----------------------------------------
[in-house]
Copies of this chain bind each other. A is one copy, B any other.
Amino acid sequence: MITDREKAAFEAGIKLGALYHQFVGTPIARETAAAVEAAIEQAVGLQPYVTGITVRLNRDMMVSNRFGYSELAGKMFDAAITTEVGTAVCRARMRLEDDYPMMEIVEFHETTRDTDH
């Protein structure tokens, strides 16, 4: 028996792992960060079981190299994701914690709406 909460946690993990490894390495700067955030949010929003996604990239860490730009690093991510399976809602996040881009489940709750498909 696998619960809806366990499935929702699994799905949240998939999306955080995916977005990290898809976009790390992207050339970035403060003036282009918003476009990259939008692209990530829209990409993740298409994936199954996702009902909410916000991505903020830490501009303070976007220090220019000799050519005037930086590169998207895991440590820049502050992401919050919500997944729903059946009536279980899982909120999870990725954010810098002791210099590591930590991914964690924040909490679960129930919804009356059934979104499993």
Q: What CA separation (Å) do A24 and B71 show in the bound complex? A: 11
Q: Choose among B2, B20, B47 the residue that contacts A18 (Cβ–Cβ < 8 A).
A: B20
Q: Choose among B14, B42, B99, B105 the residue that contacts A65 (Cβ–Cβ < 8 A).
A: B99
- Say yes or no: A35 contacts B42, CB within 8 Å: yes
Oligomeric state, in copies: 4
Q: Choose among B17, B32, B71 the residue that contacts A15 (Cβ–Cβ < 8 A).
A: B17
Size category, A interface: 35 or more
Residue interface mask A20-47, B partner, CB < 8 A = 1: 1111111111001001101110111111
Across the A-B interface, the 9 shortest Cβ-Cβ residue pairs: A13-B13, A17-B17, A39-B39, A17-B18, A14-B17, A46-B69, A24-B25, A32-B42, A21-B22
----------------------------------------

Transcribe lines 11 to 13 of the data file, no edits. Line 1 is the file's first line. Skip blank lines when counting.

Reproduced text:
Oligomeric state, in copies: 4
Q: Choose among B17, B32, B71 the residue that contacts A15 (Cβ–Cβ < 8 A).
A: B17